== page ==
Prior to joining DDCF in April 2021, Gill was senior vice president and chief program officer at the John S. and James L. Knight Foundation, where he oversaw more than $100 million in annual grant making across the foundation’s programs, in addition to managing Knight’s research and assessment portfolio and its grants administration function. Previously, he also served as vice president of Freedman Consulting, LLC.
Gill also served on the board of the Philip and Patricia Frost Museum of Science in Miami and on the Commission on the Practice of Democratic Citizenship, a project of the American Academy of Arts and Sciences. He attended the University of Chicago and the University of Oxford, where he was a Rhodes Scholar.
Advocate for Accountability and Transparency in Social Media
Frances Haugen is an advocate for accountability & transparency in social media. Born in Iowa City, Iowa, Frances is the daughter of two professors and grew up attending the Iowa caucuses with her parents, instilling a strong sense of pride in democracy and responsibility for civic participation.
Frances holds a degree in Electrical and Computer Engineering from Olin College and a MBA from Harvard University. She is a specialist in algorithmic product management, having worked on ranking algorithms at Google, Pinterest, Yelp and Facebook. In 2019, she was recruited to Facebook to be the lead Product Manager on the Civic Misinformation team, which dealt with issues related to democracy and misinformation, and later also worked on counter-espionage.
During her time at Facebook, Frances became increasingly alarmed by the choices the company makes prioritizing their own profits over public safety and putting people’s lives at risk. As a last resort and at great personal risk, Frances made the courageous decision to blow the whistle on Facebook. The initial reporting was done by the Wall Street Journal in what became known as “The Facebook Files”.
Since going public, Frances has testified in front of the US Congress, UK and EU Parliaments, the French Senate and National Assembly, and has engaged with lawmakers internationally on how to best address the negative externalities of social media platforms.
Frances has filed a series of complaints with the US Federal Government relating to Facebook (now named ‘Meta’) claiming that the company has been misleading the public and investors on how it handles issues such as climate change, misinformation, and hate speech, and the impact of its services on the mental health of children and young adults.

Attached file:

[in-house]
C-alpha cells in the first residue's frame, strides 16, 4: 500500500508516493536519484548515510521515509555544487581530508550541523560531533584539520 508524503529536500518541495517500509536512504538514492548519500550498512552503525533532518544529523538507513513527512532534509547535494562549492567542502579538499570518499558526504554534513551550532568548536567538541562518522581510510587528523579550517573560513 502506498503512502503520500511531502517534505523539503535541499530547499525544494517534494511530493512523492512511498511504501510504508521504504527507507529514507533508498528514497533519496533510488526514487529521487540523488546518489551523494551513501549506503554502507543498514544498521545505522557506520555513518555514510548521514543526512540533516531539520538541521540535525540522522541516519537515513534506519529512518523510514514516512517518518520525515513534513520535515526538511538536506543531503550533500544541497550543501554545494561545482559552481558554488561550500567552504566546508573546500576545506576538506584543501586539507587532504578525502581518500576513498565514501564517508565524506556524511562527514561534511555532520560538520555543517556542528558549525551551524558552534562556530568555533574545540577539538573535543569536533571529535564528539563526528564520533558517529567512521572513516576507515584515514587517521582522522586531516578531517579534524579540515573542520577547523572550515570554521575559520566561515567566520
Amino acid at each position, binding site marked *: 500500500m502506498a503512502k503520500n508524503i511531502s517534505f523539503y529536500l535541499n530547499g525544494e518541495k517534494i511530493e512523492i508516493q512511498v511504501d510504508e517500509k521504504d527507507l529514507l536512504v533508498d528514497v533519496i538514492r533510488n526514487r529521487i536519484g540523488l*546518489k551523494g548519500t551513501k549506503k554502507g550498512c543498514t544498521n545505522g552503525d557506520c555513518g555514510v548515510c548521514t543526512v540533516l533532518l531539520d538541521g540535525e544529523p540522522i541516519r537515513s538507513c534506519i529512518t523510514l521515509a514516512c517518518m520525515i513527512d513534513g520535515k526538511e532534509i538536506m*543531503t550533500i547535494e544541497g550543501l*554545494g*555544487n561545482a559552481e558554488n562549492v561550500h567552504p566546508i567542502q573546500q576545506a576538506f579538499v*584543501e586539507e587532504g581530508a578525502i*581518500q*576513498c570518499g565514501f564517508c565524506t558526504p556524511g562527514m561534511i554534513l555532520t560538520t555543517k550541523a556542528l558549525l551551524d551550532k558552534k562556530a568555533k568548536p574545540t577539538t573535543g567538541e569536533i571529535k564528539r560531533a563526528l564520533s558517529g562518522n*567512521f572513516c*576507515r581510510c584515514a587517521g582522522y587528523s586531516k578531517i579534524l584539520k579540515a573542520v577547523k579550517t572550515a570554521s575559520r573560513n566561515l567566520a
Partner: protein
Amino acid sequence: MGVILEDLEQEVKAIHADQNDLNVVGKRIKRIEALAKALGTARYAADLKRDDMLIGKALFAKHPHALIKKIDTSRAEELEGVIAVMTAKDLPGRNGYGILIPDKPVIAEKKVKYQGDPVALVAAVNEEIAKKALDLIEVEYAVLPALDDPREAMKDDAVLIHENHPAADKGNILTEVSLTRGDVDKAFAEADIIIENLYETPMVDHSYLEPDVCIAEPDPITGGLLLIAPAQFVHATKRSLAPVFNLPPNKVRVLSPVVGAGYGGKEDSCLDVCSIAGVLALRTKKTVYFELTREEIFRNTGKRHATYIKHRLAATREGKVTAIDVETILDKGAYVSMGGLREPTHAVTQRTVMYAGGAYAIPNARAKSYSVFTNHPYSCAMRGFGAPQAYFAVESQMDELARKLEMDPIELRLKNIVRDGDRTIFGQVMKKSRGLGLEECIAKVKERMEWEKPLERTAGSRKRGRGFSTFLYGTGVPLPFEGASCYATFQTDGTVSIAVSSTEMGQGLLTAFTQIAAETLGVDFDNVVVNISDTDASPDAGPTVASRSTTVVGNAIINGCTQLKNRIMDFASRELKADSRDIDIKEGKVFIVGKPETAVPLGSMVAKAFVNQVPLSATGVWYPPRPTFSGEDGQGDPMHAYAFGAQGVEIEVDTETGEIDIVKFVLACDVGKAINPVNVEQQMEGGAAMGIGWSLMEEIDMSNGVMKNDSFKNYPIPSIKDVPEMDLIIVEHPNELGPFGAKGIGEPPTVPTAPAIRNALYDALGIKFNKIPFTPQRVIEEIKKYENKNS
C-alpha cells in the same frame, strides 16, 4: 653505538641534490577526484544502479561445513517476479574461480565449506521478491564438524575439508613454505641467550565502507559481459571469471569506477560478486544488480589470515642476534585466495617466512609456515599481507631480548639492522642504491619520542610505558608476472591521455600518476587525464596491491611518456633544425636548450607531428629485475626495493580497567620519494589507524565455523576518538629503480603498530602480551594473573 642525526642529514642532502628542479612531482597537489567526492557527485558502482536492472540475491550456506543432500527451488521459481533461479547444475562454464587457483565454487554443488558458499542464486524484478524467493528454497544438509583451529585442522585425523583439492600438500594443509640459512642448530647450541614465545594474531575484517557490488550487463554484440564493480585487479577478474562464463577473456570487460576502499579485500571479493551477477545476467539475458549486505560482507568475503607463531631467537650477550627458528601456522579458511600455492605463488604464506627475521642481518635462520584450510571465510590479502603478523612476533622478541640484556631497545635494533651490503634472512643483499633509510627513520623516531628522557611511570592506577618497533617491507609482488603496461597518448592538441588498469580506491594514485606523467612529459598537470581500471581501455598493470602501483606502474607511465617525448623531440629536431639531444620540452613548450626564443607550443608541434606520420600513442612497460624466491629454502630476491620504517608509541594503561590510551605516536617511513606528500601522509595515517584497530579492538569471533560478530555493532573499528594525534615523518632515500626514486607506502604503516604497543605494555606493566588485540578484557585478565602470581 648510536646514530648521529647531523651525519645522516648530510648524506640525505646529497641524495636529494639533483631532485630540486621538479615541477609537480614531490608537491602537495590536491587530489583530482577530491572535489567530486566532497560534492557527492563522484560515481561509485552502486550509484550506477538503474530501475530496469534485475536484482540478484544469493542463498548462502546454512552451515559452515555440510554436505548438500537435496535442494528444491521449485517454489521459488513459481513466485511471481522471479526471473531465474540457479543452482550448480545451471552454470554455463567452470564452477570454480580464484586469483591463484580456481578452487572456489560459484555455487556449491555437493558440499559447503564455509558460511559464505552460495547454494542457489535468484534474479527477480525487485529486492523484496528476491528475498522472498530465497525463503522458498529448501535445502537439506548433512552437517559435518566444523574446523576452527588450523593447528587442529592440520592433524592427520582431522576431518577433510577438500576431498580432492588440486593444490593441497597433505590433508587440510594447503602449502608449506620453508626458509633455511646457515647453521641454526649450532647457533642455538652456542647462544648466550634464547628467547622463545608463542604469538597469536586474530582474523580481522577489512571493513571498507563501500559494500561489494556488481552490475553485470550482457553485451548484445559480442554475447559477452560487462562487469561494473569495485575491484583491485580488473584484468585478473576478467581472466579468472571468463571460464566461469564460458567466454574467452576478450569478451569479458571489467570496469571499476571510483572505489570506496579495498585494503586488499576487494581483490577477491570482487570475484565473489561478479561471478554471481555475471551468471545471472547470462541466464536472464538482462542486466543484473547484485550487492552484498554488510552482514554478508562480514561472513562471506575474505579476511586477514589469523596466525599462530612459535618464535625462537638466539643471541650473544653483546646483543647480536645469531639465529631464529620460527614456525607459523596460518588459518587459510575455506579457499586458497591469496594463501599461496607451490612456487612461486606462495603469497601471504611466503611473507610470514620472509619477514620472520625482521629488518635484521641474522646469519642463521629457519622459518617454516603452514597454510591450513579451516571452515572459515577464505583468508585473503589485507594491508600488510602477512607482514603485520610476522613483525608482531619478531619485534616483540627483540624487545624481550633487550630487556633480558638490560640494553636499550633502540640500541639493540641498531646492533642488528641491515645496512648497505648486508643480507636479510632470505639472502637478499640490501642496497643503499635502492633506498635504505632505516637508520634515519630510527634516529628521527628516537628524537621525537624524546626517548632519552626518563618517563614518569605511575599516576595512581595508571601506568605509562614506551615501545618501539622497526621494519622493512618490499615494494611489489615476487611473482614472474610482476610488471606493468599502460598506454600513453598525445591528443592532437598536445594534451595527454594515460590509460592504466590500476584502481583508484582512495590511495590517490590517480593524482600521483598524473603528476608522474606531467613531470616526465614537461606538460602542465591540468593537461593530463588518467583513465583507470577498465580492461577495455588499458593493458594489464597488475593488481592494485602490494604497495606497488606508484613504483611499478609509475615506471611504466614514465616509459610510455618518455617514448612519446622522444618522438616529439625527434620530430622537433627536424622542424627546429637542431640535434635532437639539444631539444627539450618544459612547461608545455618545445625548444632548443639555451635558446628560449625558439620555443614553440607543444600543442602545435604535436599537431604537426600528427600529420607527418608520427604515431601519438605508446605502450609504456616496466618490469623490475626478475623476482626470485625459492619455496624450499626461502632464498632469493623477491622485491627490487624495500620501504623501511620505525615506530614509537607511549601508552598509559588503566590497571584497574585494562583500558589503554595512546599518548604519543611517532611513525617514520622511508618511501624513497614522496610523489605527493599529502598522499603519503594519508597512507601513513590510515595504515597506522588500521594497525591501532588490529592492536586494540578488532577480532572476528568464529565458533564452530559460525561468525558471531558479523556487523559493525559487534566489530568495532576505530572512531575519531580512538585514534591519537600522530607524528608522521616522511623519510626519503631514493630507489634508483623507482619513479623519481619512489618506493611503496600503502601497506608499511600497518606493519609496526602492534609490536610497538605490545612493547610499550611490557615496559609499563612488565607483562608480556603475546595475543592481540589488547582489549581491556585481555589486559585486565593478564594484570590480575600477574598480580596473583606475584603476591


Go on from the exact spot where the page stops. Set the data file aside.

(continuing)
Frances fundamentally believes that the problems we are facing today with social media are solvable, and is dedicated to uniting people around the world to bring about change. We can have social media that brings out the best in humanity.
Chief Executive Officer & Publisher, Global Press
Cristi leads business and development operations at Global Press and serve as the publisher of Global Press Journal, our multi lingual, award-winning publication. She created Global Press’ industry-leading Duty of Care program for local journalists in challenging global markets using a holistic combination of physical, emotional, digital and legal security. And she built the Global Press Wellness Network to support the mental health needs of our local journalists across the world. She is the lead author of the Global Press Style Guide, which exists to promote dignity and precision in international journalism. Her greatest passion is creating world-class employment for badass women across the globe.
Julia Minson, PH.d
Associate Professor of Public Policy, Harvard Kennedy School of Government
Julia Minson is an Associate Professor of Public Policy at the Harvard Kennedy School of government. She is a decision scientist with research interests in conflict, negotiations and judgment and decision making. Her primary line of research addresses the “psychology of disagreement” – How do people engage with opinions, judgments and decisions that are different from their own?
She explores this theme in the context of group decision making to uncover the psychological biases that prevent managers, consumers, and policy-makers from maximizing the benefits of collaboration. She also studies the conditions that make people willing to listen and be receptive to views and opinions they strongly oppose on political and social topics.
Much of Julia’s research is conducted in collaboration with the graduate and post-doctoral members of MC² – the Minson Conflict and Collaboration Lab.
At the Kennedy School Julia is affiliated with the Taubman Center for State and Local Government and the Center for Public Leadership. Julia teaches courses on negotiations and decision-making as part of the Management, Leadership and Decision Science area, as well as through HKS Executive Education.
Julia is the organizer of the Leadership Influence and Decision Making speaker series, sponsored by the Center for Public Leadership and the Management Leadership and Decision Sciences Area.
Prior to coming to the Kennedy School, Julia served as a Lecturer at the Wharton School, University of Pennsylvania, where she taught Negotiations at both the MBA and the undergraduate levels. She received her PhD in Social Psychology from Stanford University and her BA in Psychology from Harvard University.
Lead Impact Producer, The Territory, Documist (BRA/US)